Termite mounds can help prevent the spread of deserts into semi-arid ecosystems and agricultural lands. The results of a new study not only suggest that termite mounds could make these areas more resilient to climate change than previously thought, but could also inspire a change in how scientists determine the possible effects of climate change on ecosystems.

A recent Princeton University study suggests that termite mounds might play a crucial role in preventing the spread of deserts. The tunnels contained within a termite mound help water to spread throughout the surrounding terrain, serving as a kind of natural irrigation system for the area near the mound. The termite tunnels improve water flow near the mound and allow nearby vegetation to grow as though it were receiving more rain. 

The Princeton research team also found that while the plant growth patterns near termite mounds initially looked similar to those found in the last stages of desertification, the mounds actually preserved the drylands ecosystem around them.

Water scarcity continues to be a major problem facing much of the globe. By examining natural counters to desertification, it may be possible to develop effective and cost-efficient methods to preserve the vegetation and water supplies of areas at risk. So while nobody wants termites near their houses, having them around in general may not be so bad after all.

Ten years ago today, I left Arizona for North Carolina.

   Ten years is a very long time. I have a hard time believing it’s been that long, or only that long. Many, many things have happened since then, some of them terrible, most of them good. (Much of it was front-loaded into the first four years, which were crazy and awful—the last six have been wonderful and rather sedate.)

   But I still miss the desert.

   I am very happy here in North Carolina, don’t get me wrong. I have Kevin and a garden that becomes extravagantly, absurdly lush given hardly any encouragement. I am on the spring migration route and obscure warblers routinely pause in my yard to sip water and catch bugs. I love it very much.

   But there is something about the desert—perhaps specifically the Sonoran desert, although the high desert in Washington is similar—something about the strange Spartan puzzle-box vegetation and the bleached bone light, something that I miss. It goes dormant for long periods and then I see photos of saguaros and palo verde and top-knotted quail and I want to get up out of my chair and walk into the desert.

   Well, it would be a long walk. I am thousands of miles away. There are days when I can feel every one of those miles and think “What the hell am I doing here, in this soggy, ridiculous place?”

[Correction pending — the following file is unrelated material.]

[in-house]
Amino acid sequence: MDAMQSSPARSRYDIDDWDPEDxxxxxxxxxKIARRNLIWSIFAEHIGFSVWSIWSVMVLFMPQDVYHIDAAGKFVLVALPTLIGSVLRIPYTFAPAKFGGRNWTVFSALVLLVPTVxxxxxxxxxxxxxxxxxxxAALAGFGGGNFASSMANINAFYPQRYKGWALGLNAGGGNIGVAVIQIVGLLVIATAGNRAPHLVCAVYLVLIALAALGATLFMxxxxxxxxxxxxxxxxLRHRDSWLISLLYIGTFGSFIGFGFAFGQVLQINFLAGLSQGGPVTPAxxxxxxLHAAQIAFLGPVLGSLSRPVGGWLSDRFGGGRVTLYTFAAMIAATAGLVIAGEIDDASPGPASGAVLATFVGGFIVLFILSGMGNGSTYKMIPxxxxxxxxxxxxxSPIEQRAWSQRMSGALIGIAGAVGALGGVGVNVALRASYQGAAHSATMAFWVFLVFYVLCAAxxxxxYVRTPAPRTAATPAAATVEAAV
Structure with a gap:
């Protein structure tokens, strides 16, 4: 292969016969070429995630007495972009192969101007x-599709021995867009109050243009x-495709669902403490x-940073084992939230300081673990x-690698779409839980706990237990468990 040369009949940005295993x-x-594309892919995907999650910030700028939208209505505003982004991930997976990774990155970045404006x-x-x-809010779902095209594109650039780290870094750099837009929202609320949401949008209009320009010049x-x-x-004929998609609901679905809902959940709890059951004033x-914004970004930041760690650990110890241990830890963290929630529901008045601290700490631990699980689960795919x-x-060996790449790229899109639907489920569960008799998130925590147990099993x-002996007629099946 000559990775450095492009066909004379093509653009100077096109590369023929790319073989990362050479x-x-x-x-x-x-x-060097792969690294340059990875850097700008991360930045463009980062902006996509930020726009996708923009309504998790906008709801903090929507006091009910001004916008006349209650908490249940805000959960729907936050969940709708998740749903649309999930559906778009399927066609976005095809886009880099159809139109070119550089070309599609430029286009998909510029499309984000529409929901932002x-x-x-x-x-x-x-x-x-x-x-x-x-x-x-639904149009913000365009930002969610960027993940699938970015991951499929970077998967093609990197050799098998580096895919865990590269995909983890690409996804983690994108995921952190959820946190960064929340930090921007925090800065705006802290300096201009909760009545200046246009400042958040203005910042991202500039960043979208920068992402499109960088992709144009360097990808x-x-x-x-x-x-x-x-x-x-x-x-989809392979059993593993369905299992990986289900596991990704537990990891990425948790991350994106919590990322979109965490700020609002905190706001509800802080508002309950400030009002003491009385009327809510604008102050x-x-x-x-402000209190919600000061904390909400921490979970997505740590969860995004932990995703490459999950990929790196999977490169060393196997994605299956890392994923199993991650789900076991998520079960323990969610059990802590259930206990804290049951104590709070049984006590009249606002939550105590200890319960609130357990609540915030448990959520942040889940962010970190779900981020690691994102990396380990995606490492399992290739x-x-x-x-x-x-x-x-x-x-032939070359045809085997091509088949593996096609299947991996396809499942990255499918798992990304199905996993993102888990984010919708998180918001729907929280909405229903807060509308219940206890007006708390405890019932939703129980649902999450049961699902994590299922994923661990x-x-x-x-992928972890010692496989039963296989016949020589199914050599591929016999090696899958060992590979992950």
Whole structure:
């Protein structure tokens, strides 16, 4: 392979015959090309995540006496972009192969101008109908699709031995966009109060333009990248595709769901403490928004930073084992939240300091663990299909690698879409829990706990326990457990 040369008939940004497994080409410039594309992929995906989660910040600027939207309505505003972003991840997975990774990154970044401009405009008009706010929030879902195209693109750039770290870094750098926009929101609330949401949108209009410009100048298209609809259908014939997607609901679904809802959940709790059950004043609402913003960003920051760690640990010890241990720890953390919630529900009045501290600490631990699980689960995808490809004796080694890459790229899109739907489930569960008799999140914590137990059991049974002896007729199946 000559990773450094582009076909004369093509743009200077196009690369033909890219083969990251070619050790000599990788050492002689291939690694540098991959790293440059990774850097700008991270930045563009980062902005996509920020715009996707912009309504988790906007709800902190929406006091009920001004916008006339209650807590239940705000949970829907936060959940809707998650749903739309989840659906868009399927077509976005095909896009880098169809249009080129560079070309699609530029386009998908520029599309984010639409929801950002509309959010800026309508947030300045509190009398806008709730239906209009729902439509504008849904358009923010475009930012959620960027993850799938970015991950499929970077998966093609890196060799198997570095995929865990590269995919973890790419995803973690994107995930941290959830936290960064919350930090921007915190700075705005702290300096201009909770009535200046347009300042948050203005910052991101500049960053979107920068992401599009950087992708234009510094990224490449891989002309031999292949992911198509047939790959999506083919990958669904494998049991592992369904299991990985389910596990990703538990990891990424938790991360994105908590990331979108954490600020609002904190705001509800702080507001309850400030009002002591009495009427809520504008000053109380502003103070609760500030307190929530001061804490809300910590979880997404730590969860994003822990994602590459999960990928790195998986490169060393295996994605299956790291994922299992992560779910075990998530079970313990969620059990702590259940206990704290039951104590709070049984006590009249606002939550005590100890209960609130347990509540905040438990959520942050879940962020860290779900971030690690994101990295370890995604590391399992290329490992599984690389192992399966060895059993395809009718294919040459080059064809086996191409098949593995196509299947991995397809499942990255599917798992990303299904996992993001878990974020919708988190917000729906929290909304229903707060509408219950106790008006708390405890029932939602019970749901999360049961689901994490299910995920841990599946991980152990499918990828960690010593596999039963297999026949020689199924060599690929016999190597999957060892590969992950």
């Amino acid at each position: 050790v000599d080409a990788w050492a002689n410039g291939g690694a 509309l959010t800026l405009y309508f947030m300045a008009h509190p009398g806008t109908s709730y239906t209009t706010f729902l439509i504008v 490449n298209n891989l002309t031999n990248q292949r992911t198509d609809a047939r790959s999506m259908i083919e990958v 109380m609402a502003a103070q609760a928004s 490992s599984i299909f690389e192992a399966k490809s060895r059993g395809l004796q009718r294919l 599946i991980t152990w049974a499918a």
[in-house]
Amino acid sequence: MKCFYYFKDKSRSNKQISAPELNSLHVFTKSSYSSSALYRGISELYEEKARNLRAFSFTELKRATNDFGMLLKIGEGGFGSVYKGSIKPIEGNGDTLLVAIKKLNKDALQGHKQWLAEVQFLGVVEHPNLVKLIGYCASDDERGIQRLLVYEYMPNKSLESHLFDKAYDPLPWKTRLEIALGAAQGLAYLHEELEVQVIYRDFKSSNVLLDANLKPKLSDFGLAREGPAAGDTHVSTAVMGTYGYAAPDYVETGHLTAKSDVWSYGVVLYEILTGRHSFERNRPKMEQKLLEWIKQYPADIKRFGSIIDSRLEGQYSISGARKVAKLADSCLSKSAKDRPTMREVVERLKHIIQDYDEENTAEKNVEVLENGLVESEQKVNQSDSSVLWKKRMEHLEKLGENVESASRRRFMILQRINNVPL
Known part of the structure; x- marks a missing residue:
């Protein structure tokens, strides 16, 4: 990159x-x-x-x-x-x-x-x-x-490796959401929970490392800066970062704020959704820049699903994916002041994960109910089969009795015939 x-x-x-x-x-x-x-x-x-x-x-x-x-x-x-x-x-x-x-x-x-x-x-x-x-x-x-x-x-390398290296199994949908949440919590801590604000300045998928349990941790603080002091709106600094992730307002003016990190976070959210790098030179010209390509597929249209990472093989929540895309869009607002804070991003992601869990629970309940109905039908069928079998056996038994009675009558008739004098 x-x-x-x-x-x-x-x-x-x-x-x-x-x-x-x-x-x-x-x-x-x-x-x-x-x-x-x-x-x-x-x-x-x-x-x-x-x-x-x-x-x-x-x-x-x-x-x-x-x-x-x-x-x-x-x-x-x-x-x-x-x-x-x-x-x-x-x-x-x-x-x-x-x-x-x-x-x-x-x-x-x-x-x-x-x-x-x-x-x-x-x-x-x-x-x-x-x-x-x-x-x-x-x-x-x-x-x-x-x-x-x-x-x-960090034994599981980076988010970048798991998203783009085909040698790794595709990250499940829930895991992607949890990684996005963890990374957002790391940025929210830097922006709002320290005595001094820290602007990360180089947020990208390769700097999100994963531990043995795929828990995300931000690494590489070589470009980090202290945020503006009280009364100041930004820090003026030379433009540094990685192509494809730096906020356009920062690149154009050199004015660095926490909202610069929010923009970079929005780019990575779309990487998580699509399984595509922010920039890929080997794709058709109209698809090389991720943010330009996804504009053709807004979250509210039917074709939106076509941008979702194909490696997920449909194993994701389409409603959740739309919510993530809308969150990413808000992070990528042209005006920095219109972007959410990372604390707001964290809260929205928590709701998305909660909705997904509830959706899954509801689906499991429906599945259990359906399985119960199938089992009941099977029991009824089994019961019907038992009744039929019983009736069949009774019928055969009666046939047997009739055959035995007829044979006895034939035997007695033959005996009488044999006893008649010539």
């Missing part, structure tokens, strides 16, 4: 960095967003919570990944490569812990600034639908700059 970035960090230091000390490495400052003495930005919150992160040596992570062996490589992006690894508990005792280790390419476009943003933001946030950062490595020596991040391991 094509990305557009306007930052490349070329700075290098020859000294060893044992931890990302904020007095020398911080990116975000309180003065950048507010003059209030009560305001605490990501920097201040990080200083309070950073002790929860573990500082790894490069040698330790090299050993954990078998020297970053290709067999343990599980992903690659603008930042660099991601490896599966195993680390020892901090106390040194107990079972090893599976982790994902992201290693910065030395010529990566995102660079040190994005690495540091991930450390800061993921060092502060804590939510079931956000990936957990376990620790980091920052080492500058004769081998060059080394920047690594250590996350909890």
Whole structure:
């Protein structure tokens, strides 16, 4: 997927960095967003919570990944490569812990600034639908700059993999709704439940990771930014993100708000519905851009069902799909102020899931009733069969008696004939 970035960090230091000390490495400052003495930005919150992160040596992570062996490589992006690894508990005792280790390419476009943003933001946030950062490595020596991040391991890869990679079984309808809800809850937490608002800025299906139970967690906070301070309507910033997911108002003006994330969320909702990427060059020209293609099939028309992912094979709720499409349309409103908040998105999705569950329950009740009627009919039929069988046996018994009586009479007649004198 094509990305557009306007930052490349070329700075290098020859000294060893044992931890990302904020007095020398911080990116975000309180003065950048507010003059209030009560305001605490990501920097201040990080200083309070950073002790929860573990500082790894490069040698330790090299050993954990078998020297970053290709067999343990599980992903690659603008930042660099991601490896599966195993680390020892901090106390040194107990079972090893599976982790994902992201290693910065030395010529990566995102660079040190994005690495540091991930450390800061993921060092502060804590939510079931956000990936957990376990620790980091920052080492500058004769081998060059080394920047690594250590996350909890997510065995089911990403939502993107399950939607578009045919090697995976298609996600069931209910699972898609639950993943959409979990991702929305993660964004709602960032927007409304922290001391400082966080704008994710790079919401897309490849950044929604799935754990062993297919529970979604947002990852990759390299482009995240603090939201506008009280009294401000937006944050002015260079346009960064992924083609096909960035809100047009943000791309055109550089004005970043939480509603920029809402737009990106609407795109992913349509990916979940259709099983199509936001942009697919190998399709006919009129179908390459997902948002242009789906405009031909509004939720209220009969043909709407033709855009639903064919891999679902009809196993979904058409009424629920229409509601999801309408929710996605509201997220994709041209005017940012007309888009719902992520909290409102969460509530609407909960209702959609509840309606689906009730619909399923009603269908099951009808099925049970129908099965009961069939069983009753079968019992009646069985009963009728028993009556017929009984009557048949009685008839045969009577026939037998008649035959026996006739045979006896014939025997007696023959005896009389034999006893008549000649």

If I were to die—and someday, of course, I will—I would not be surprised to find myself in the desert again. I would stand beside a saguaro and think “Of course this is what the afterlife looks like. I should have guessed. What else would it look like, really?”

   Which probably proves that this is my internal landscape after all, and perhaps I’m a fool to live so far apart from it.

   Kevin, who knows about my occasional pangs, has suggested that someday when we are fabulously wealthy (or at least somewhat more than we are now), we can buy a house in the desert and move between them. It’s an appealing thought. The problem is that I do not know how many seasons I would be willing to sacrifice—winter here is charmless, high summer there is no great shakes, but where do you spend spring or fall? Do I love the rare cactus flowers and the bright pink sage more, or the green stalks of wild indigo and the mating songs of frogs? What am I willing to miss out on? And what gets neglected? Even the best gardens don’t do well when the gardener is gone for months at a stretch.

   Well. I’m young yet. 36 is perhaps halfway to my actuarial allotted span. There’s still time. And for the most part, I love my weird little garden and my weird little town and would not trade them, and perhaps if I did move, I’d pine for them as much as I do for saguaros now.

   But I do feel the occasional pang.


AmayA hates #spearmint candy!!! This #kid has no taste in good #deserts

This week in Geography we are learning about the deserts. This is the Painted Desert. So awesome!
#desert #america #painteddesert #geography #american #learning #geographytrip #usa #desertlife #deserts #painteddesertproject #painteddesertnationalpark #geographyclass #learningisfun #arizona #homeschooling #school #az #travel #education #roadtrip #homeschool #route66 #ourlittleclassroom #ourhomeschool_journey #learningstyles #homeschoolmom #repost #painteddesertcollection #colors